On Tuesday the S&P500 extended Monday’s breakout to record highs. While the gains were modest, traders were more inclined to buy these highs than take profits. But this is no surprise to regular readers of this blog. Last week I warned bulls to close their shorts proactively and take losses while they were small.
Anyone who is still short this market is probably only a little in the red. Rather than hope and pray for the selloff that isn’t happening, a smart trader admits defeat and takes his losses while they are small. This bearish trade has been given every opportunity to work, but this simply isn’t the right environment to be short. Be proactive and close a trade that isn’t working when the losses are small, rather than wait until the pain of losing money gets so strong it forces you out.
There is no magic to this. Basic market psychology and supply and demand told us the path of least resistance was still higher. In early August we tumbled when Trump and North Korea fell into a war of words that quickly escalated into North Korean missile and nuclear bomb tests. Then the Trump administration endured a rash of turnover in its senior ranks and at the same time exchanged barbs with senior Republican leaders. And finally two hurricanes did their best to pummel the Gulf Coast. Any one of those things would have crushed a vulnerable market. Put them all together and it creates a storm only the strongest market could endure. Yet that is exactly what we did.
The thing to remember is market crashes are breathtakingly fast and the only way to survive them is to sell first and ask questions later. But this latest selloff occurred in slow motion. In nearly a month of selling we only managed to dip 2% from all-time highs. That was after an endless string of negative headlines. Bears had their perfect storm, yet the market was still standing. That was the clearest warning possible that bears were on the wrong side.
As I’ve been writing for months, confident owners are keeping supply tight. While conventional wisdom tells us complacent markets are prone to collapse, what it forgets to mention is these periods of complacency last far longer than anyone expects. That’s because confident owners keep supply tight when they refuse to sell every headline and dip. If owners don’t sell the news, it stops mattering. That is exactly what was happened over the last month.
Since early August, nervous owners were bailing out of the market and selling to far more confident dip buyers. These new owners showed a willingness to own this uncertainty. In a bit of a self-fulfilling prophecy, those that confidently bought were willing to own the risk and uncertainty. Because they didn’t sell the fear, supply dried up and we bounced. News gets priced in once those that are afraid of it sell to new buyers who don’t fear it.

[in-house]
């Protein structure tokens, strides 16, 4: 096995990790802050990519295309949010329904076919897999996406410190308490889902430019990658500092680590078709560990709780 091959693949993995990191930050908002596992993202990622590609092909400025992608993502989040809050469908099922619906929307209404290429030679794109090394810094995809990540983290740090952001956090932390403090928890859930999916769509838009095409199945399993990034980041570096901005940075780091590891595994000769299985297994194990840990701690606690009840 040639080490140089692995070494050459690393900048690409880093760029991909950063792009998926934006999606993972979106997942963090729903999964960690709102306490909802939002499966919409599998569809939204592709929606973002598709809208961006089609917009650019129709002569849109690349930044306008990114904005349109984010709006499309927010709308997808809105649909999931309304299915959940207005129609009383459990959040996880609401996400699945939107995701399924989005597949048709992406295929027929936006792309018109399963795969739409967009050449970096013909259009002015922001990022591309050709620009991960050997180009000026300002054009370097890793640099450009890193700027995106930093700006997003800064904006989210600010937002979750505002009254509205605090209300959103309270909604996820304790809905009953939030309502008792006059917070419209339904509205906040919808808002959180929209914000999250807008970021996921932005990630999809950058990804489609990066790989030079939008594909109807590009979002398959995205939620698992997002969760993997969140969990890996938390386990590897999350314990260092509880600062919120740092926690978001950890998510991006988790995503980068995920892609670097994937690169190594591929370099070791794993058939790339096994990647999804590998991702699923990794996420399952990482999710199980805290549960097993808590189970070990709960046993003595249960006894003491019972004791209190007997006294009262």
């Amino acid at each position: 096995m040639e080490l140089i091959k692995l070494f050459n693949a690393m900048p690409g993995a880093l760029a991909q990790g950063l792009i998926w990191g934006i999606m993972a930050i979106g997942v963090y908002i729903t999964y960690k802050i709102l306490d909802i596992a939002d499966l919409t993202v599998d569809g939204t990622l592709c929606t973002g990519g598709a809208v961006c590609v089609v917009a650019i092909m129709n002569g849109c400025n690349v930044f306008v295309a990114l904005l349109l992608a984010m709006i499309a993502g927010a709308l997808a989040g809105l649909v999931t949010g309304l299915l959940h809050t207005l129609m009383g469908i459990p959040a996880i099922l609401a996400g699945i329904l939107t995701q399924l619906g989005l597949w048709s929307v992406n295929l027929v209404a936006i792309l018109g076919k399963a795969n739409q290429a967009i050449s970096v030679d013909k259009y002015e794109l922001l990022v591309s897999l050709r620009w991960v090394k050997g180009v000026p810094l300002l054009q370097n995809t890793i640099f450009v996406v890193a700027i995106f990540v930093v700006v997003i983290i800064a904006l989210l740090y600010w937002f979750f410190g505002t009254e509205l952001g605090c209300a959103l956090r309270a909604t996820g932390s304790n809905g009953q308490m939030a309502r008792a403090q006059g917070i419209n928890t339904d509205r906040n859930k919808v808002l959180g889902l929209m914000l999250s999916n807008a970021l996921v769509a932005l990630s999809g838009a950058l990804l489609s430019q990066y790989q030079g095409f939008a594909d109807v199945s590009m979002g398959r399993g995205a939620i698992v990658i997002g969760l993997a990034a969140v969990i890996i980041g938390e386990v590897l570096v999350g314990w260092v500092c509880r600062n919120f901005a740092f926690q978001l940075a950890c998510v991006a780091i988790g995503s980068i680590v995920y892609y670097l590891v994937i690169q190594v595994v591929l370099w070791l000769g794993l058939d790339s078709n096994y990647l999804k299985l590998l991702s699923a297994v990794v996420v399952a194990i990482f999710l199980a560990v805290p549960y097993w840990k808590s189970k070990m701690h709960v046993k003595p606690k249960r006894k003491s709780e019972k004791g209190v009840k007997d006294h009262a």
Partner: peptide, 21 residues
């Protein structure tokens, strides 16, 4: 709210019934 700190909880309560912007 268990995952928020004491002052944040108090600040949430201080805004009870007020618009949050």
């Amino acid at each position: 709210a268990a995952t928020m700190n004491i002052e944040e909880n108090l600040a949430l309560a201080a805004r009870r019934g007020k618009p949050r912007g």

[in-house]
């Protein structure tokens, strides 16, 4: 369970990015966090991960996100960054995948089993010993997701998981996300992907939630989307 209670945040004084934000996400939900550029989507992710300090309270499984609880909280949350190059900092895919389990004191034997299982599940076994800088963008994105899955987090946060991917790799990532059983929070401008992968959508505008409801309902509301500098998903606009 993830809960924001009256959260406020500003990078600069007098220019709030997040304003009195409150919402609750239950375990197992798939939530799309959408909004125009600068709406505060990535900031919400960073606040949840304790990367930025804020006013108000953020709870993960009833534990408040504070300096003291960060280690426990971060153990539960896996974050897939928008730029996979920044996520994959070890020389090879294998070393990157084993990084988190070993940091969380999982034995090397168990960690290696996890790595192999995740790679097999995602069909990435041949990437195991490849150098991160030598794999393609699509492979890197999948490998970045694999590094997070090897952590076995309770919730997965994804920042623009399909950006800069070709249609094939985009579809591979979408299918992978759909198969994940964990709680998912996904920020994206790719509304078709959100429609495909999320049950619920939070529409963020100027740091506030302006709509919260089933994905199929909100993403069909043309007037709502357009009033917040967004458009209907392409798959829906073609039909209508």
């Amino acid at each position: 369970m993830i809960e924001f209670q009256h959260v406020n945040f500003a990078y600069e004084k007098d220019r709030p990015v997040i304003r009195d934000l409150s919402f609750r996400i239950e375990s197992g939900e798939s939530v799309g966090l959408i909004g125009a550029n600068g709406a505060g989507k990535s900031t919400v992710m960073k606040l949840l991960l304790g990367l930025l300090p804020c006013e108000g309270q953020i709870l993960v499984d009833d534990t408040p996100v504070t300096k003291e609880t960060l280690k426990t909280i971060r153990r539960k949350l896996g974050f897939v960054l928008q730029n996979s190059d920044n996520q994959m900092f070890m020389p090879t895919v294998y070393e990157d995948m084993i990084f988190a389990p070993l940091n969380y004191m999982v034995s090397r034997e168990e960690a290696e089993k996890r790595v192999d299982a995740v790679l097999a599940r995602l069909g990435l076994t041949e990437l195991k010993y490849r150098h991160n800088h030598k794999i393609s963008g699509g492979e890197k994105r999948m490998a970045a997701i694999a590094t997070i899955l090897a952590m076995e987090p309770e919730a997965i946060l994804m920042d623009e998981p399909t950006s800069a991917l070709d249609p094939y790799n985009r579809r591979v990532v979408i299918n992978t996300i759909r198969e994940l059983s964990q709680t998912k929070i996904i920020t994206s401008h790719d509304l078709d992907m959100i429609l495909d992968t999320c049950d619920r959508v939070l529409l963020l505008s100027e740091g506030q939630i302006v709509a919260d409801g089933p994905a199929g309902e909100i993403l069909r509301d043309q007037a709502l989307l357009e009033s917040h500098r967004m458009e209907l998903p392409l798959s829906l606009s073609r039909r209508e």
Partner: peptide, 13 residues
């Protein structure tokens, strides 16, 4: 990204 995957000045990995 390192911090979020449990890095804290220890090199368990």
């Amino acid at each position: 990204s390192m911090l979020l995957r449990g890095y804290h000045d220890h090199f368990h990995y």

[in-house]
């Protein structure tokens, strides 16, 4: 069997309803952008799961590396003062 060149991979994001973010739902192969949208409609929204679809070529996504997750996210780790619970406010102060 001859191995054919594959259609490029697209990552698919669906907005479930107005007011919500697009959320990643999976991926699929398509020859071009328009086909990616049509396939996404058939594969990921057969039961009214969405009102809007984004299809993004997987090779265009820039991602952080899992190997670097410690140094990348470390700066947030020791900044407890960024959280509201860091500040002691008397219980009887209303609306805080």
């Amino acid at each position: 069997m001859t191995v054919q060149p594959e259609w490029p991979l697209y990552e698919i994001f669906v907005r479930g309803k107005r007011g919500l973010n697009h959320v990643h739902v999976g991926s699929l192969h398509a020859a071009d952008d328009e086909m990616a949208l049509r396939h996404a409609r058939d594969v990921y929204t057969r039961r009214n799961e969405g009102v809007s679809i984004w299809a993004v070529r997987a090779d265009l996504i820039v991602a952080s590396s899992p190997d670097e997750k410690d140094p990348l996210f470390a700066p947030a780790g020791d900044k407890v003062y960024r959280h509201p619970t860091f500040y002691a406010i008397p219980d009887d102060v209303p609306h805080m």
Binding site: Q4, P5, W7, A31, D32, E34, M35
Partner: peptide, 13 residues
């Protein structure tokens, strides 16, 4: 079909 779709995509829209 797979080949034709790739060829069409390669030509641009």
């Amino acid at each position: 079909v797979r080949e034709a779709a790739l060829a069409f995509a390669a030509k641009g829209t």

But that was then and this is now. What most readers want to know is what comes next. Plain and simple, expect more of the same. If we were going to breakdown, it would have happened by now. The path of least resistance is still higher. Nothing calms nerves like rising prices and this breakout to record highs is making the fears of the last several weeks fade from memory. Fear of the unknown is quickly being replaced by fear of being left behind. Big money managers are returning from summer vacation and they will start positioning their portfolios for year-end. Many of the underweight managers are coming to the realization that the dip they were waiting for isn’t going to happen. The pressure of being left behind will force them to chase prices higher into year-end.
This is a slow-moving market and I don’t expect us to launch higher, but expect the slow rate of gains to continue. A market that refuses to go down will eventually go up and that is what is happening here. Recent sellers will realize their mistake and fuel the next round of buying. I expect volatility to pick up this fall, but every dip is a buying opportunity. Stick with your buy-and-hold positions and keep adding when prices slip. This bull market will eventually break like every one that came before it, but we are not at that point yet. If you are out of the market don’t chase prices higher, but if you want to get in, be ready to jump on any dip.
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Jani Ziedins (pronounced Ya-nee) is a full-time investor and writer who has successfully traded stocks and options for more than a decade. He earned a B.S. in Mechanical Engineering from the Colorado School of Mines and an MBA and M.S. Marketing from the University of Colorado Denver. His prior professional experience includes manufacturing engineering at Fortune 500 companies, structural engineering, small business consultant, collegiate instructor, and managing investment real estate. He is now fortunate enough to trade full-time from home, affording him the luxury of spending extra time with his wife and two young children.